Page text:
March 2013 marks ten years since the United States led an invasion of Iraq to remove leader Saddam Hussein.
Investment has increased since Hussein’s overthrow – but many Iraqis complain the government is not doing enough to raise living standards.
In the centre of Baghdad, new roads and shopping malls are testaments to the improved economy – driven by a surge of investment in the oil sector. Iraq is now the second biggest producer in the Organisation of Petroleum Exporting Countries (OPEC)
At a Baghdad fairground with her husband and two young children, Baidar Ta’ar said: “Honestly, it’s all the same. All we want is security. Things aren’t bad, but we do need security for our children – nothing more, nothing less. The situation changes from time to time. Sometimes it’s safe, and we say there’s nothing to worry about. Then sometimes it isn’t safe. It’s difficult.”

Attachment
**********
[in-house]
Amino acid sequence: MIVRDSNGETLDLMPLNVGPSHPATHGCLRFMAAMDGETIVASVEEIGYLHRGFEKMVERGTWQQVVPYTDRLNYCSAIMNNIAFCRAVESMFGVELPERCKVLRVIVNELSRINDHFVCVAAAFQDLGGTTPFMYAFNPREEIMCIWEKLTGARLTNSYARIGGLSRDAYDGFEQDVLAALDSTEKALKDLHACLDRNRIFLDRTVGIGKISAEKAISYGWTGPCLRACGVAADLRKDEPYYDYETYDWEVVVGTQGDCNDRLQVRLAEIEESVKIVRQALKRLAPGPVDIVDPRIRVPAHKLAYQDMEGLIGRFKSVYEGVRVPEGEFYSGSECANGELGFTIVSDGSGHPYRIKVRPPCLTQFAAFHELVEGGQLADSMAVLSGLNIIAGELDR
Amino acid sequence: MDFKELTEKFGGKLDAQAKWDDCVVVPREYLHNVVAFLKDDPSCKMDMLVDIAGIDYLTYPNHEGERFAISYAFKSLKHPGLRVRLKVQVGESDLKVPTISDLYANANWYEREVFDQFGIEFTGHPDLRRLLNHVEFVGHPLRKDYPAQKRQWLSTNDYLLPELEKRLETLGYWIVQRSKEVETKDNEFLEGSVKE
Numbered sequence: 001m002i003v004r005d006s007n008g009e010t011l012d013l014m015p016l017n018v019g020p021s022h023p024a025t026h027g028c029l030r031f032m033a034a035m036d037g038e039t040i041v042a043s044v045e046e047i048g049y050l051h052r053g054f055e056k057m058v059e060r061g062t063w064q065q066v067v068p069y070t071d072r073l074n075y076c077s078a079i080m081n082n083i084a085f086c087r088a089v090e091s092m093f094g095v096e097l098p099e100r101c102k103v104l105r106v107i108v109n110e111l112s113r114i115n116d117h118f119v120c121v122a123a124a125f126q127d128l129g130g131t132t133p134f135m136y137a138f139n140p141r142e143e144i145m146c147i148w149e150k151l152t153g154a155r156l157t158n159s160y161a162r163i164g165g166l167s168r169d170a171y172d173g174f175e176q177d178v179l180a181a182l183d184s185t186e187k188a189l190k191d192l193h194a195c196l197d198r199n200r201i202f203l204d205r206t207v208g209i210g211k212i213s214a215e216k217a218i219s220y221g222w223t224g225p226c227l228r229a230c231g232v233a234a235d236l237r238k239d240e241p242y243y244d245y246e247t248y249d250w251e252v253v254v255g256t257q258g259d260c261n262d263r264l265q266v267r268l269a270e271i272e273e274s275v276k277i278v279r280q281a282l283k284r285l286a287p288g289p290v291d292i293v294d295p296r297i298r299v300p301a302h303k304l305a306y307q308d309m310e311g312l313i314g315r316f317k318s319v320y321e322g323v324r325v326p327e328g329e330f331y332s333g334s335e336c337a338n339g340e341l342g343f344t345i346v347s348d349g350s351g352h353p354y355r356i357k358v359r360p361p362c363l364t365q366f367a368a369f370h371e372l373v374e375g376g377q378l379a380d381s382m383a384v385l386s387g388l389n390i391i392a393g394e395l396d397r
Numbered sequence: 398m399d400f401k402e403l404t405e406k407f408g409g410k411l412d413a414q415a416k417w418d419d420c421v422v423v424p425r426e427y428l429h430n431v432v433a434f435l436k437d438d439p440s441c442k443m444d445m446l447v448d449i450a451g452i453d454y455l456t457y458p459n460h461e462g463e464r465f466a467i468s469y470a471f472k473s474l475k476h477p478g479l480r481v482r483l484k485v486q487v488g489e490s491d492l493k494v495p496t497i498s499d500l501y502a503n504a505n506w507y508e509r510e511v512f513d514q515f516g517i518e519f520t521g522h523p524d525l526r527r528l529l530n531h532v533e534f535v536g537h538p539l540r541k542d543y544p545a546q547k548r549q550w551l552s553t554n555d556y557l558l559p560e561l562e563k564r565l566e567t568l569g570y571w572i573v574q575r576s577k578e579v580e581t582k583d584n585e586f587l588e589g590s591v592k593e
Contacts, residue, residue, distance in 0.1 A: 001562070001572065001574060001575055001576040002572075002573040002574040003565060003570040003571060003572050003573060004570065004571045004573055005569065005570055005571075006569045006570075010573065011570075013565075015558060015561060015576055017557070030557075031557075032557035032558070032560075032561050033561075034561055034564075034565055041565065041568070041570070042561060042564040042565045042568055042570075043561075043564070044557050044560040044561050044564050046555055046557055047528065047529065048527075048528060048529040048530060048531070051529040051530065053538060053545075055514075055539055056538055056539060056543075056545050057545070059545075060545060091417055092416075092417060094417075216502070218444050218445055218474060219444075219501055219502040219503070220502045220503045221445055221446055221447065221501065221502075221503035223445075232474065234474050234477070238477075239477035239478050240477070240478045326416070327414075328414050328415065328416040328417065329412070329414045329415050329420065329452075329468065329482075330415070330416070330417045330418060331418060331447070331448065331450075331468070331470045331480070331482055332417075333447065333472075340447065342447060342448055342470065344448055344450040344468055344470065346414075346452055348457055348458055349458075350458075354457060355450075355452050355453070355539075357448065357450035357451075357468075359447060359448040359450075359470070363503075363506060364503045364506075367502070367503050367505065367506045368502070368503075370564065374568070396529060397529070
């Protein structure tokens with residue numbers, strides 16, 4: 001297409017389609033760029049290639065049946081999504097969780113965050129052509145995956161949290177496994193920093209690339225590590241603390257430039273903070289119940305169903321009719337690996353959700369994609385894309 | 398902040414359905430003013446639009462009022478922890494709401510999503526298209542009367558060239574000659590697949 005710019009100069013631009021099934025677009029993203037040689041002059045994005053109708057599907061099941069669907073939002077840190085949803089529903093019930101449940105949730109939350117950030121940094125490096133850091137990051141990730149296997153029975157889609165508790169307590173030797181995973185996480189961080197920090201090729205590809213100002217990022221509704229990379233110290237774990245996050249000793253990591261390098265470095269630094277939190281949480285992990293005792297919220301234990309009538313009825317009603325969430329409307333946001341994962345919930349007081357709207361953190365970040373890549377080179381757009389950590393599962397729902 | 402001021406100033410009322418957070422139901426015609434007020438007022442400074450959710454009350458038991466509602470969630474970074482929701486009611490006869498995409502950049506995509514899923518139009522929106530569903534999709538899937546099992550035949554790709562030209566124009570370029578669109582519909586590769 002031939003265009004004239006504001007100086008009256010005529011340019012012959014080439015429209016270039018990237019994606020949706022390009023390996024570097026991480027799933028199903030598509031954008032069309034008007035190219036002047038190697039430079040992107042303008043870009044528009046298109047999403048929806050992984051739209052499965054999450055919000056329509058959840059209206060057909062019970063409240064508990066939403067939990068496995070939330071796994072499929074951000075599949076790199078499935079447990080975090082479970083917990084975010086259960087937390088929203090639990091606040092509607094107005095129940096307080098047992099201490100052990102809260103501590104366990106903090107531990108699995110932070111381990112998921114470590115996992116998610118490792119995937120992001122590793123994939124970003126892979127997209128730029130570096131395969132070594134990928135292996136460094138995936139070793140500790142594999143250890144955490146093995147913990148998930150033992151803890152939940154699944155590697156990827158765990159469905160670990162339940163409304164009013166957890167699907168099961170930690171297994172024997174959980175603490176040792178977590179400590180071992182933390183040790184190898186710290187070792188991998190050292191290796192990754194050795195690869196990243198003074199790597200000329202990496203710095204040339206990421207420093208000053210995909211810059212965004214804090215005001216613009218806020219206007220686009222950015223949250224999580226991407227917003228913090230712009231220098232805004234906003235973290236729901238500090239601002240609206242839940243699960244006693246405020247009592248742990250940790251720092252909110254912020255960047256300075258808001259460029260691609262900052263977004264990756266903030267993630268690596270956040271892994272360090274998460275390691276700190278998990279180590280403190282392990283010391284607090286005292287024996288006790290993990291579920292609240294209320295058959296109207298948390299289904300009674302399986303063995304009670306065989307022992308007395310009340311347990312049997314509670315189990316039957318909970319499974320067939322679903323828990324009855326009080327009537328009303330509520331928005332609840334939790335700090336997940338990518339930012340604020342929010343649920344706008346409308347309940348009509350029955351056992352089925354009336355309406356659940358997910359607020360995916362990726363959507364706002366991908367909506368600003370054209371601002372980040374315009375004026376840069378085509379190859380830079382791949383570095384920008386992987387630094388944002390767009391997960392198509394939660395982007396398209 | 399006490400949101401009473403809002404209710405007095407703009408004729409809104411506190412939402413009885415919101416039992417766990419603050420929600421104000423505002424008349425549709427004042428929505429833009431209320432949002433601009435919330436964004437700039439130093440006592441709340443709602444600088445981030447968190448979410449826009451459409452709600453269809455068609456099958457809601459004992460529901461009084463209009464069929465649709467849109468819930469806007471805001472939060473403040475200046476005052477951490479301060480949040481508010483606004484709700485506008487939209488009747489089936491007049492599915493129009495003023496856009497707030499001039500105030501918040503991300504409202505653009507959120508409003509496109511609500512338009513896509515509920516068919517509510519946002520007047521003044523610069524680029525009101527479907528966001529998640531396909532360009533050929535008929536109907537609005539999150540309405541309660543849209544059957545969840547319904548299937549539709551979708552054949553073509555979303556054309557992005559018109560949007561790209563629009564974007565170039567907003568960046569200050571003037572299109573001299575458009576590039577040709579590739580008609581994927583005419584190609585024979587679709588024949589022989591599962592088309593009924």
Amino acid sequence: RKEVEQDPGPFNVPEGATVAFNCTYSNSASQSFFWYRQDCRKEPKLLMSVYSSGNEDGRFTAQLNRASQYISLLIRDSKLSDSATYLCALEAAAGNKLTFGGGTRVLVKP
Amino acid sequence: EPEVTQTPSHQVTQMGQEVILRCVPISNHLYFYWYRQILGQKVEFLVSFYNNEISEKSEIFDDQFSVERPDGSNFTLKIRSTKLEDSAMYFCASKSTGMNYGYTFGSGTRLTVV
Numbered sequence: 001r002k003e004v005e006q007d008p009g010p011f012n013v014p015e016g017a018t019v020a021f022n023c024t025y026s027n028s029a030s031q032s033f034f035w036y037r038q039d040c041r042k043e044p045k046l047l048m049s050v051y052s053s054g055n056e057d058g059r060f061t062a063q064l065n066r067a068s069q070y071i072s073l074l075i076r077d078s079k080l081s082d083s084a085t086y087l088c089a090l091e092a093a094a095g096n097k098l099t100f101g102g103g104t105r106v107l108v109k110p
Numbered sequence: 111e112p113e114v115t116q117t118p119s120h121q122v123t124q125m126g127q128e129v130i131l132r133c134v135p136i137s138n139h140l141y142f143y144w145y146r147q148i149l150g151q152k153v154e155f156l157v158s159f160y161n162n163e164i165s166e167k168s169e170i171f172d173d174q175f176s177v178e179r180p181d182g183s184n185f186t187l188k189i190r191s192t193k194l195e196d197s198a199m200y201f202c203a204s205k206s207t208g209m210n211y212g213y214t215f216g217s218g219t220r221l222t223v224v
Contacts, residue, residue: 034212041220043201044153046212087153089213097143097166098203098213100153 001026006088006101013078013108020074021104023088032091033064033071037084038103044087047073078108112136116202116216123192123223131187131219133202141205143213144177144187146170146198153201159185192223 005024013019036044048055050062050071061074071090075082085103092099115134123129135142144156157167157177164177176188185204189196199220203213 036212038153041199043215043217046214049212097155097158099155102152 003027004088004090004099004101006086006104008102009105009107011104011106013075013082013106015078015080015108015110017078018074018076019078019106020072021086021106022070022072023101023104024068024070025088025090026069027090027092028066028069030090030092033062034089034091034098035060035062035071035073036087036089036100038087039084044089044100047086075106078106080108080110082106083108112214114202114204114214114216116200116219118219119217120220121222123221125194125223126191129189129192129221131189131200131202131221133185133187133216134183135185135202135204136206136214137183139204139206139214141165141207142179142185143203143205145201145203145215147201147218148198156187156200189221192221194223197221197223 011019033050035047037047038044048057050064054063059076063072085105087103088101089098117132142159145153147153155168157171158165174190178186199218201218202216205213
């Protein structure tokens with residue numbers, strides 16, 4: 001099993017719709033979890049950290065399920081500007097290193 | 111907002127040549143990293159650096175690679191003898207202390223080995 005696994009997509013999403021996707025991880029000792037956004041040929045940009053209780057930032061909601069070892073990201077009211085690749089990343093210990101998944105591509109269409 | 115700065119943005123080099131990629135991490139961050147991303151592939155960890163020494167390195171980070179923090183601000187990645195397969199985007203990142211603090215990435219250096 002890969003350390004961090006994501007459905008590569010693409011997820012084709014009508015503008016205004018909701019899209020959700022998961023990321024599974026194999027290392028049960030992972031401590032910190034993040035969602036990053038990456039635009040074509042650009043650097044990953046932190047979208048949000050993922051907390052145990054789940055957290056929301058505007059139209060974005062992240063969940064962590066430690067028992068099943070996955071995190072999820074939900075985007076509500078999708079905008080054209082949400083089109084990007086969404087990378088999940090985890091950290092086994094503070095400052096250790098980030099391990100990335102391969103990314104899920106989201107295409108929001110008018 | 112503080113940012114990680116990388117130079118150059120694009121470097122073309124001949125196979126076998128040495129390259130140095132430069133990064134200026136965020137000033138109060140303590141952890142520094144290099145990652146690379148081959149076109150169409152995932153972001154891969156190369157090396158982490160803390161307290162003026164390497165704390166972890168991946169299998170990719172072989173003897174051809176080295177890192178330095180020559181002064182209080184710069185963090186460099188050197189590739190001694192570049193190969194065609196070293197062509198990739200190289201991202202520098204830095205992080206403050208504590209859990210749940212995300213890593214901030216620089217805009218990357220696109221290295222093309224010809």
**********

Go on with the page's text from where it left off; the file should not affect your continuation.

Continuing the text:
Abdul Aziz al-Kubeisi, who watched as Saddam Hussein’s state fell nearly a decade ago said: “Really. nothing has changed. Things have gone from bad to worse. In Baghdad you can see that for yourself.”
In a shanty town near the al-Rasul district, people are living without electricity, running water or public services. For the people living there, the boost to Iraq’s economy since the US-led invasion seems a million miles away.
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